These are the women who make FinTech in Europe

This is not news to anyone: in 2022, men keep is still mainly the strings of European and global FinTech. The numbers speak for themselves. In the world only 12% of industry companies were (co)founded by women. throughout Europe, it drops to 5%. While in France they only 12% to hold leadership positions and even fewer to be founders (9%). Reason? Fintech suffers from a combination of two industries, finance and technology, where women are historically underrepresented. However, a small handful of influential founders and leaders manage to break through. In Amsterdam (Netherlands), some of them took part in Money 20/20, a FinTech event not to be missed. Review.

Christine de Wendel (Sunday)

Christine de Wendel

Christine de Wendel is one of the influential women in the French tech community. He is one of the few to have held leadership positions at two “unicorns,” those billion-dollar-plus young companies: first Zalando, the German fashion e-commerce giant, then ManoMano, home materials and decoration specialist. In 2020, she took the plunge by launching her own business. Together with Victor Lugger (whom she met while participating in the Franco-American Foundation’s Young Leaders program) and Tigran Seydou, she created the startup Sunday, an application that offers to pay the bill in the comfort of your bed. FinTech is already being used in approximately 5,200 restaurants in France, Spain, the UK, the United States, where it was headquartered shortly after its inception, and Canada. By the summer of 2022, FinTech will operate in Italy, Portugal, Germany, Belgium and the Netherlands.

Elizabeth Rossiello (AZA Finance)

Elizabeth Rossiello

Elisabeth Rossiello is the founder and CEO of fintech company AZA Finance (formerly BitPesa). Based in Nairobi (Kenya) but since then based in London (UK), AZA Finance enables businesses to transfer money, exchange currencies, make payments and settle easily in all major African and G20 currencies (including digital currencies). A driven woman, Elizabeth Rossiello is committed to expanding access to financial technology. In 2022, she was named one of the 45 Most Powerful Women in FinTech by Innovate Finance.

Ann Boden (Starling Bank)

Ann Boden

Ann Boden is the founder and CEO of Starling Bank, one of the UK’s leading neobanks. Since starting Starling in 2014, the Welsh entrepreneur has managed to make his FinTech a leading bank, having been named “Best British Bank” for four consecutive years. With nearly 3 million users and 8% market share among UK companies, Starling has successfully carved out a place for itself in the competitive world of FinTech and is making profits that are quite rare in this sector.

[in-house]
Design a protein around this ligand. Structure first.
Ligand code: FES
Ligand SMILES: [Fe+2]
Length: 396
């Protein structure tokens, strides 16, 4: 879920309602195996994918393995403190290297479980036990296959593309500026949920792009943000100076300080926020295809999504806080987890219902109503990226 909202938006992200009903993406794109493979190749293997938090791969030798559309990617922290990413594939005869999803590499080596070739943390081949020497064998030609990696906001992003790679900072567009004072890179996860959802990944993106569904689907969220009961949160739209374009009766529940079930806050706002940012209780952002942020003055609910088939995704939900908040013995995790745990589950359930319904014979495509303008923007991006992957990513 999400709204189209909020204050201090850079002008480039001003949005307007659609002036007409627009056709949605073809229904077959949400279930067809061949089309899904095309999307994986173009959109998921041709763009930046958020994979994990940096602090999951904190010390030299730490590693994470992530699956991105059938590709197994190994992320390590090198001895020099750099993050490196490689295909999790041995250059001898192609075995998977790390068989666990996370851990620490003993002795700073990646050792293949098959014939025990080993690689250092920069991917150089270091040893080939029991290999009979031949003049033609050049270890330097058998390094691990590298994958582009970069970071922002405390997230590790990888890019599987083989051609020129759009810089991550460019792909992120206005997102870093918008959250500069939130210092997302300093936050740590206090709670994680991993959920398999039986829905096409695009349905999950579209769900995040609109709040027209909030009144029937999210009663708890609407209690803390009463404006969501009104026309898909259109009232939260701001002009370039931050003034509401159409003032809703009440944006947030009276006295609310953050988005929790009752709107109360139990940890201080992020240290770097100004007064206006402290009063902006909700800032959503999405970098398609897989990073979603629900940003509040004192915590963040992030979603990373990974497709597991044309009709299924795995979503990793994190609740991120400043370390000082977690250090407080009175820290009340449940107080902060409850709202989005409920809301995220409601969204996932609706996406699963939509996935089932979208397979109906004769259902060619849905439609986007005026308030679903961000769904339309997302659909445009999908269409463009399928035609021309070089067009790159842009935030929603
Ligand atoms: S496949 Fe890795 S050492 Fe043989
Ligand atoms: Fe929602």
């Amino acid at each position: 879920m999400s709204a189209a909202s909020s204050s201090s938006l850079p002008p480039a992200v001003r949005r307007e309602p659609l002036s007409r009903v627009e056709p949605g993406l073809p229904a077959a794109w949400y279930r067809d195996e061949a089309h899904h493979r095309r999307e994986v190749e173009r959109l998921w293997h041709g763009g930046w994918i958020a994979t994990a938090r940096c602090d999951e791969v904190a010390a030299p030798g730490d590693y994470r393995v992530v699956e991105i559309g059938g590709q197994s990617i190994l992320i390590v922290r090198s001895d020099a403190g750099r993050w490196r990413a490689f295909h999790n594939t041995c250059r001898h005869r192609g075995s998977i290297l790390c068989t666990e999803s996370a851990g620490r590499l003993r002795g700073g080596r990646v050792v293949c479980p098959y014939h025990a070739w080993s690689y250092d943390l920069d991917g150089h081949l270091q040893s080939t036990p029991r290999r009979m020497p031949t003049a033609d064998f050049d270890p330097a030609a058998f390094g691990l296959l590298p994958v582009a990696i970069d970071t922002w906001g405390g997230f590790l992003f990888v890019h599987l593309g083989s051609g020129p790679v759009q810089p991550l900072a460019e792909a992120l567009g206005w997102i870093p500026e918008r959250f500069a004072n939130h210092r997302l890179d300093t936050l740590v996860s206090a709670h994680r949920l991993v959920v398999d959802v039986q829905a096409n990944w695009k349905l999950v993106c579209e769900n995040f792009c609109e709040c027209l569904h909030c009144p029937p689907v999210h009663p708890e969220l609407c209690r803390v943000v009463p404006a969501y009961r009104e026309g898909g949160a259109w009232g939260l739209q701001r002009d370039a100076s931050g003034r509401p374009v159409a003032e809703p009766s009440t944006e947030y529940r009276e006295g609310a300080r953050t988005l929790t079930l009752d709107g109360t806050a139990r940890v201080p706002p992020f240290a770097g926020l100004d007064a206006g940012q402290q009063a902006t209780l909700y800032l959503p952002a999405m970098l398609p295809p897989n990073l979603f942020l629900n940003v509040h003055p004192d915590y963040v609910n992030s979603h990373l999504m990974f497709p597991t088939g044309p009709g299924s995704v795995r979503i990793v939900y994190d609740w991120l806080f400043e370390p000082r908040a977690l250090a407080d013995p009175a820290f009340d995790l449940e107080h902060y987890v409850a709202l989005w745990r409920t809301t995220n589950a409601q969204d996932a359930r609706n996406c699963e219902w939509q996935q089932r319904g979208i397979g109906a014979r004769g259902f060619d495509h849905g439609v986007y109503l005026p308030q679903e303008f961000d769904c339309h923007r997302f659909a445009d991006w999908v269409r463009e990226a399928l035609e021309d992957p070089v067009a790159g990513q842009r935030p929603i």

Considered a thought leader in the fintech sector, Ann Boden defends the place of female entrepreneurs in the very masculine world of finance and has been appointed by the government to head a think tank on the subject. In 2018, she received an OBE for services to fintech. The entrepreneur spoke at Money 20/20 to discuss the potential threat cryptocurrencies pose to payment security.

Eleonora Crespo (Pigment)

Eleonora Crespo is one of the new leaders of French Tech. A former Google executive and investor in Index Ventures, the young woman co-founded Pigment with Romain Niccoli (ex-Criteo) in 2019. Specifically, the startup has developed Saas software that allows companies to plan their finances using dynamic data. The young shoot grew rapidly and raised €21.3 million in 2020 and a further €63 million a year later.

Simone Maini (elliptical trainer)

Simone Maini

Simone Maini is the CEO of Elliptic, a UK-based blockchain data scientist. With a degree in history from the University of Cambridge, the young woman began her career in the traditional financial world at Deutsche Bank. She then spent four years at Kroll, a risk management consultancy, before becoming Elliptic’s COO in 2016 and then CEO in April 2020. women.

Samantha Seaton (Moneyhub)

Samantha Seaton

Samantha Seaton is the CEO of Moneyhub, a UK-based platform that provides open banking, open finance and open data solutions to enable businesses to transform data into personalized digital experiences and initiate payments. By pushing for more diversity and inclusion in FinTech, the leader believes that technology can truly improve the financial well-being of everyone.

What is certain is that Samantha Seaton has more than one bowstring: in addition to managing MoneyHub, she is a non-executive director of the Charities Aid Foundation Bank, co-founder of Open51 (an association of women committed to transforming financial services and building a new digital economy) and a member of the advisory Council of The Big Exchange (impact investment platform).